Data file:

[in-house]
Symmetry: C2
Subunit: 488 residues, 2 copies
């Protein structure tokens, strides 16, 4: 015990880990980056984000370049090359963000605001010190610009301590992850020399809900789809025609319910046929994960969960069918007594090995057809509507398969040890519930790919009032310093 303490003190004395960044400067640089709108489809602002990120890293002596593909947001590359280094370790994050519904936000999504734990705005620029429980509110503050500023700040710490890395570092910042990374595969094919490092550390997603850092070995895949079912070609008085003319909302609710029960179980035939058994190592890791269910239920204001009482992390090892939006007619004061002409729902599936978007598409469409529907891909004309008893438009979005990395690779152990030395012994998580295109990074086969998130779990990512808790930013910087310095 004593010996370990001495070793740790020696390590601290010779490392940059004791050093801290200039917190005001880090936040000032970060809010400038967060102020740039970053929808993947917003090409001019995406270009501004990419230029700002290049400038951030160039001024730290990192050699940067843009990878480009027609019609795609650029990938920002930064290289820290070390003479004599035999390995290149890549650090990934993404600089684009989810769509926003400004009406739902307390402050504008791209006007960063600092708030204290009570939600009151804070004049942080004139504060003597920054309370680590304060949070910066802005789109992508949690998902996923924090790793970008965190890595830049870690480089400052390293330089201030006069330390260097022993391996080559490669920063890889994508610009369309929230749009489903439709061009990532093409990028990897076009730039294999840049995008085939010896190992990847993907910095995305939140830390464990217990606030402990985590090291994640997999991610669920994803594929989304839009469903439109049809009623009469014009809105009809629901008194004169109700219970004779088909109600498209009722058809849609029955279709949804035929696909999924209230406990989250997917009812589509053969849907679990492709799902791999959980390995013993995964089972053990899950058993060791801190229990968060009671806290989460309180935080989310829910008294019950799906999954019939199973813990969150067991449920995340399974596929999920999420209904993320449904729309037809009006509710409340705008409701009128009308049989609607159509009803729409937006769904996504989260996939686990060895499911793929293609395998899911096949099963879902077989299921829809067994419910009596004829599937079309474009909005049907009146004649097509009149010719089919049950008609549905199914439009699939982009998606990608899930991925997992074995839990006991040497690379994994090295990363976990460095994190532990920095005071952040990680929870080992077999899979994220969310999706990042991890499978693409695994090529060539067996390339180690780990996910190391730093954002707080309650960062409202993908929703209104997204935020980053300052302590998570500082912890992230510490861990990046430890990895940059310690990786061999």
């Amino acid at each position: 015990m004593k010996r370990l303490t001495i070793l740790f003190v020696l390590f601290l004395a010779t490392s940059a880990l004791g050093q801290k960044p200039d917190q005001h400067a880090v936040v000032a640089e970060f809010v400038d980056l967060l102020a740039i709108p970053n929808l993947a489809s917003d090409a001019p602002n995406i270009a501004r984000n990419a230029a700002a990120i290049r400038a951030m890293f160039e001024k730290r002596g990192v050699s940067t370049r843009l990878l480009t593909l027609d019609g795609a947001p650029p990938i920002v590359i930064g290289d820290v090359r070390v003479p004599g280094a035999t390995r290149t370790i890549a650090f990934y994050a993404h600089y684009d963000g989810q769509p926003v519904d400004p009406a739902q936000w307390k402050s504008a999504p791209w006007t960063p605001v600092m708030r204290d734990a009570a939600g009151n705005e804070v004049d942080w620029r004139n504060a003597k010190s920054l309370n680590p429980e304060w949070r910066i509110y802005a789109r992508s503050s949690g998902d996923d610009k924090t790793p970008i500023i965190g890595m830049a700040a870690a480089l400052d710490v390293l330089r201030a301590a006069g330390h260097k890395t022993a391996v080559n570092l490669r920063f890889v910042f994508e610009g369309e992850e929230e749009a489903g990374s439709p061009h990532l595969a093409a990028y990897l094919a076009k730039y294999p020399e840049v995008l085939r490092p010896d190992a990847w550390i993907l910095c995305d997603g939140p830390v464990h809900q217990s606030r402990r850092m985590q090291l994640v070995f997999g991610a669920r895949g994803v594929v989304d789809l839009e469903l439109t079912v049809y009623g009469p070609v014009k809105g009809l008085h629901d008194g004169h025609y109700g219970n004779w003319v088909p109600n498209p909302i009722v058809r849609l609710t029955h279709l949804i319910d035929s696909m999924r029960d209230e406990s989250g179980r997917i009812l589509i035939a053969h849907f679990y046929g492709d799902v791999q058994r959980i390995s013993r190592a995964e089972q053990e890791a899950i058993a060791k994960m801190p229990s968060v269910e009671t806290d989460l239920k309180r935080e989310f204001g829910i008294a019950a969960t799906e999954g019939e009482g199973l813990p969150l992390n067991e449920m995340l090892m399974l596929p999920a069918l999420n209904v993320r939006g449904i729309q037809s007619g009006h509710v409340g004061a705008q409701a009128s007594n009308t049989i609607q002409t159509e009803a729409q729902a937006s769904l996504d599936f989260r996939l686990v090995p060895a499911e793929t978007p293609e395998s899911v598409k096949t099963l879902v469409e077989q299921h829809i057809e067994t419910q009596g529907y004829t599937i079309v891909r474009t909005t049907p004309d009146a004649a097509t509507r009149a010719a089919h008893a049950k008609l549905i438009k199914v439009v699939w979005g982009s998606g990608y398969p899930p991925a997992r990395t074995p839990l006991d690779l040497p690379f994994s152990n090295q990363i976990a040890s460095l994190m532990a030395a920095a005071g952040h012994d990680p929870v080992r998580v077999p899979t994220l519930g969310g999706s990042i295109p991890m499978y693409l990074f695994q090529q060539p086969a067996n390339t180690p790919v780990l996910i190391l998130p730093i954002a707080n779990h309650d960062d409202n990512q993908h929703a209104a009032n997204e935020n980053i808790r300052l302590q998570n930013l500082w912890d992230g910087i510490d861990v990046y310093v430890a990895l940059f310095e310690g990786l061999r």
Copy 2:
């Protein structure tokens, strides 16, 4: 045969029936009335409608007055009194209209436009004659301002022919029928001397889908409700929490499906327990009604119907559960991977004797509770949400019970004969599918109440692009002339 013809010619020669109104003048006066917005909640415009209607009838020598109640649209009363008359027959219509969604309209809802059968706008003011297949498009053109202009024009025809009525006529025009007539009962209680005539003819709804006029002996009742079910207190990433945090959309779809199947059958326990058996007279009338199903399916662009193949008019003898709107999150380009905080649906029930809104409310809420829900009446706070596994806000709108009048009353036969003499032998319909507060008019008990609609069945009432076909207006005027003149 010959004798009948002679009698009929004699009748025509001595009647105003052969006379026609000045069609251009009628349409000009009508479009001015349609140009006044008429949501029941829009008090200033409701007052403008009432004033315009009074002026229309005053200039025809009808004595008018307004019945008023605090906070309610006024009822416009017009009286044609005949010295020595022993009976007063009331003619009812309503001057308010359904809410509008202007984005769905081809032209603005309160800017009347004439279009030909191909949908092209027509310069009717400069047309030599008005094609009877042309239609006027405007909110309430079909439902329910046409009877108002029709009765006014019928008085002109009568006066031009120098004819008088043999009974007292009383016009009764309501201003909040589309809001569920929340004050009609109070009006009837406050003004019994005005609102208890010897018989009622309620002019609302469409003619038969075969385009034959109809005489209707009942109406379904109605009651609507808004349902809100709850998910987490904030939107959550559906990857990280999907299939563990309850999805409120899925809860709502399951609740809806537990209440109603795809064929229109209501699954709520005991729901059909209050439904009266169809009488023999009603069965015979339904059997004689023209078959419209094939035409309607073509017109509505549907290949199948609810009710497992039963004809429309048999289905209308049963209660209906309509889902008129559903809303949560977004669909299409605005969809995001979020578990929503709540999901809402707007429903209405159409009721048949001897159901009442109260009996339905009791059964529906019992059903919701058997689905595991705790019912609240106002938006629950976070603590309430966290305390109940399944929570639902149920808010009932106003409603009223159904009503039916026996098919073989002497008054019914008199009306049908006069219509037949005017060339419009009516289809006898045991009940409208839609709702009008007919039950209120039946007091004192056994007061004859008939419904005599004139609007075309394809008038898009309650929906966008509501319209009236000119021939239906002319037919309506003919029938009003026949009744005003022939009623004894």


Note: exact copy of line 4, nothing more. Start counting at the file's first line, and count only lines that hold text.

């Protein structure tokens, strides 16, 4: 015990880990980056984000370049090359963000605001010190610009301590992850020399809900789809025609319910046929994960969960069918007594090995057809509507398969040890519930790919009032310093 303490003190004395960044400067640089709108489809602002990120890293002596593909947001590359280094370790994050519904936000999504734990705005620029429980509110503050500023700040710490890395570092910042990374595969094919490092550390997603850092070995895949079912070609008085003319909302609710029960179980035939058994190592890791269910239920204001009482992390090892939006007619004061002409729902599936978007598409469409529907891909004309008893438009979005990395690779152990030395012994998580295109990074086969998130779990990512808790930013910087310095 004593010996370990001495070793740790020696390590601290010779490392940059004791050093801290200039917190005001880090936040000032970060809010400038967060102020740039970053929808993947917003090409001019995406270009501004990419230029700002290049400038951030160039001024730290990192050699940067843009990878480009027609019609795609650029990938920002930064290289820290070390003479004599035999390995290149890549650090990934993404600089684009989810769509926003400004009406739902307390402050504008791209006007960063600092708030204290009570939600009151804070004049942080004139504060003597920054309370680590304060949070910066802005789109992508949690998902996923924090790793970008965190890595830049870690480089400052390293330089201030006069330390260097022993391996080559490669920063890889994508610009369309929230749009489903439709061009990532093409990028990897076009730039294999840049995008085939010896190992990847993907910095995305939140830390464990217990606030402990985590090291994640997999991610669920994803594929989304839009469903439109049809009623009469014009809105009809629901008194004169109700219970004779088909109600498209009722058809849609029955279709949804035929696909999924209230406990989250997917009812589509053969849907679990492709799902791999959980390995013993995964089972053990899950058993060791801190229990968060009671806290989460309180935080989310829910008294019950799906999954019939199973813990969150067991449920995340399974596929999920999420209904993320449904729309037809009006509710409340705008409701009128009308049989609607159509009803729409937006769904996504989260996939686990060895499911793929293609395998899911096949099963879902077989299921829809067994419910009596004829599937079309474009909005049907009146004649097509009149010719089919049950008609549905199914439009699939982009998606990608899930991925997992074995839990006991040497690379994994090295990363976990460095994190532990920095005071952040990680929870080992077999899979994220969310999706990042991890499978693409695994090529060539067996390339180690780990996910190391730093954002707080309650960062409202993908929703209104997204935020980053300052302590998570500082912890992230510490861990990046430890990895940059310690990786061999």